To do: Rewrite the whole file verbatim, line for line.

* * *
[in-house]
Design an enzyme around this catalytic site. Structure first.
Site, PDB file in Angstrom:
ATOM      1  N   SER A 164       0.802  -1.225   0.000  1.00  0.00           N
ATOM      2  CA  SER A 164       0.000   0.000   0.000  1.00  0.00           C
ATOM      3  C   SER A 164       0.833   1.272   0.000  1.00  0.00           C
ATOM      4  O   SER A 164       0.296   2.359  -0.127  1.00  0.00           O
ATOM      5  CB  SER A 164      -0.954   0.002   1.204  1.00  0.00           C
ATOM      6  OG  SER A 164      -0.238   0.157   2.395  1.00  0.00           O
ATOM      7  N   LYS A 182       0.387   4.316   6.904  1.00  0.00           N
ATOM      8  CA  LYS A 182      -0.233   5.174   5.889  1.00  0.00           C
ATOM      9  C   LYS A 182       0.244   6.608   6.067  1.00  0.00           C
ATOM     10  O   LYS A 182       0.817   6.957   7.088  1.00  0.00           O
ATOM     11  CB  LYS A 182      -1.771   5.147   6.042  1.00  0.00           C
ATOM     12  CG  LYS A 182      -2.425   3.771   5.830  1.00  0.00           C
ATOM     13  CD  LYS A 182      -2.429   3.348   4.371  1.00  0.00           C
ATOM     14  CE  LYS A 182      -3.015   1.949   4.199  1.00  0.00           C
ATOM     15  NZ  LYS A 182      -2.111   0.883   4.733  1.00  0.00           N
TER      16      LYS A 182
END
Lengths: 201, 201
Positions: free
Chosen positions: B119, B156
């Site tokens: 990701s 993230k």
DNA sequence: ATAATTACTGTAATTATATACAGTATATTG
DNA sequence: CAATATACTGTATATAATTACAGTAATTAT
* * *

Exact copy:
[in-house]
Design an enzyme around this catalytic site. Structure first.
Site, PDB file in Angstrom:
ATOM      1  N   SER A 164       0.802  -1.225   0.000  1.00  0.00           N
ATOM      2  CA  SER A 164       0.000   0.000   0.000  1.00  0.00           C
ATOM      3  C   SER A 164       0.833   1.272   0.000  1.00  0.00           C
ATOM      4  O   SER A 164       0.296   2.359  -0.127  1.00  0.00           O
ATOM      5  CB  SER A 164      -0.954   0.002   1.204  1.00  0.00           C
ATOM      6  OG  SER A 164      -0.238   0.157   2.395  1.00  0.00           O
ATOM      7  N   LYS A 182       0.387   4.316   6.904  1.00  0.00           N
ATOM      8  CA  LYS A 182      -0.233   5.174   5.889  1.00  0.00           C
ATOM      9  C   LYS A 182       0.244   6.608   6.067  1.00  0.00           C
ATOM     10  O   LYS A 182       0.817   6.957   7.088  1.00  0.00           O
ATOM     11  CB  LYS A 182      -1.771   5.147   6.042  1.00  0.00           C
ATOM     12  CG  LYS A 182      -2.425   3.771   5.830  1.00  0.00           C
ATOM     13  CD  LYS A 182      -2.429   3.348   4.371  1.00  0.00           C
ATOM     14  CE  LYS A 182      -3.015   1.949   4.199  1.00  0.00           C
ATOM     15  NZ  LYS A 182      -2.111   0.883   4.733  1.00  0.00           N
TER      16      LYS A 182
END
Lengths: 201, 201
Positions: free
Chosen positions: B119, B156
């Site tokens: 990701s 993230k």
DNA sequence: ATAATTACTGTAATTATATACAGTATATTG
DNA sequence: CAATATACTGTATATAATTACAGTAATTAT